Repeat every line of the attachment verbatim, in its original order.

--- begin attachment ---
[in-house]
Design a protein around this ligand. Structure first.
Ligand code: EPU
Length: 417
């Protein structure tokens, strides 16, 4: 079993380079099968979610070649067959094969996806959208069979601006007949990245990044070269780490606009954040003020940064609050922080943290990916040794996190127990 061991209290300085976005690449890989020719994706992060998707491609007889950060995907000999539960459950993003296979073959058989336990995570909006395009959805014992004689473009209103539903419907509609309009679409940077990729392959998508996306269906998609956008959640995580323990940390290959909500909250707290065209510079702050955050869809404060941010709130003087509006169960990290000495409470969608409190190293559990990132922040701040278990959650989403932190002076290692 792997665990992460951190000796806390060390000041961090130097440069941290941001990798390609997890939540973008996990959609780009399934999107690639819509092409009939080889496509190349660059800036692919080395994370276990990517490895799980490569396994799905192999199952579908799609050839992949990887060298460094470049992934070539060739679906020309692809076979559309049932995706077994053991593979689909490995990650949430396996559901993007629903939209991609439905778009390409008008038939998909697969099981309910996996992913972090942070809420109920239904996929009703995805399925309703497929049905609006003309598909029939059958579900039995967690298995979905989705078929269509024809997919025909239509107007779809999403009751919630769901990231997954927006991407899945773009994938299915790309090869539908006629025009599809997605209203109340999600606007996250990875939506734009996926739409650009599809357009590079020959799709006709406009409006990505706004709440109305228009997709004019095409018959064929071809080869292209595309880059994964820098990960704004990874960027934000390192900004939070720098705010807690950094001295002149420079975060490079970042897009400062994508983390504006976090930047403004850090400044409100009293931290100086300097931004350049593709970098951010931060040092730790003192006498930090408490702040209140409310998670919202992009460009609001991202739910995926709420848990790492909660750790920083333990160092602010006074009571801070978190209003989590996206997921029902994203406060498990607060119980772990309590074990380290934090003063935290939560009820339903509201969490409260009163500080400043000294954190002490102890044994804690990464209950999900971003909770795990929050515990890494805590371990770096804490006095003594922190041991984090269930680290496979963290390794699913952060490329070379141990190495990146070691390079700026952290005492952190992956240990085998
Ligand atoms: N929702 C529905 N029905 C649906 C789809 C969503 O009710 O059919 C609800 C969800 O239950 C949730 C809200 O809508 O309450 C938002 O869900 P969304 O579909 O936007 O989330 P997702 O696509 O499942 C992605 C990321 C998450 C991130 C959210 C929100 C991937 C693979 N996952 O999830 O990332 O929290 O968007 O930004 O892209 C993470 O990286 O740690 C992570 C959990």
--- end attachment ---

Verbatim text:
[in-house]
Design a protein around this ligand. Structure first.
Ligand code: EPU
Length: 417
């Protein structure tokens, strides 16, 4: 079993380079099968979610070649067959094969996806959208069979601006007949990245990044070269780490606009954040003020940064609050922080943290990916040794996190127990 061991209290300085976005690449890989020719994706992060998707491609007889950060995907000999539960459950993003296979073959058989336990995570909006395009959805014992004689473009209103539903419907509609309009679409940077990729392959998508996306269906998609956008959640995580323990940390290959909500909250707290065209510079702050955050869809404060941010709130003087509006169960990290000495409470969608409190190293559990990132922040701040278990959650989403932190002076290692 792997665990992460951190000796806390060390000041961090130097440069941290941001990798390609997890939540973008996990959609780009399934999107690639819509092409009939080889496509190349660059800036692919080395994370276990990517490895799980490569396994799905192999199952579908799609050839992949990887060298460094470049992934070539060739679906020309692809076979559309049932995706077994053991593979689909490995990650949430396996559901993007629903939209991609439905778009390409008008038939998909697969099981309910996996992913972090942070809420109920239904996929009703995805399925309703497929049905609006003309598909029939059958579900039995967690298995979905989705078929269509024809997919025909239509107007779809999403009751919630769901990231997954927006991407899945773009994938299915790309090869539908006629025009599809997605209203109340999600606007996250990875939506734009996926739409650009599809357009590079020959799709006709406009409006990505706004709440109305228009997709004019095409018959064929071809080869292209595309880059994964820098990960704004990874960027934000390192900004939070720098705010807690950094001295002149420079975060490079970042897009400062994508983390504006976090930047403004850090400044409100009293931290100086300097931004350049593709970098951010931060040092730790003192006498930090408490702040209140409310998670919202992009460009609001991202739910995926709420848990790492909660750790920083333990160092602010006074009571801070978190209003989590996206997921029902994203406060498990607060119980772990309590074990380290934090003063935290939560009820339903509201969490409260009163500080400043000294954190002490102890044994804690990464209950999900971003909770795990929050515990890494805590371990770096804490006095003594922190041991984090269930680290496979963290390794699913952060490329070379141990190495990146070691390079700026952290005492952190992956240990085998
Ligand atoms: N929702 C529905 N029905 C649906 C789809 C969503 O009710 O059919 C609800 C969800 O239950 C949730 C809200 O809508 O309450 C938002 O869900 P969304 O579909 O936007 O989330 P997702 O696509 O499942 C992605 C990321 C998450 C991130 C959210 C929100 C991937 C693979 N996952 O999830 O990332 O929290 O968007 O930004 O892209 C993470 O990286 O740690 C992570 C959990």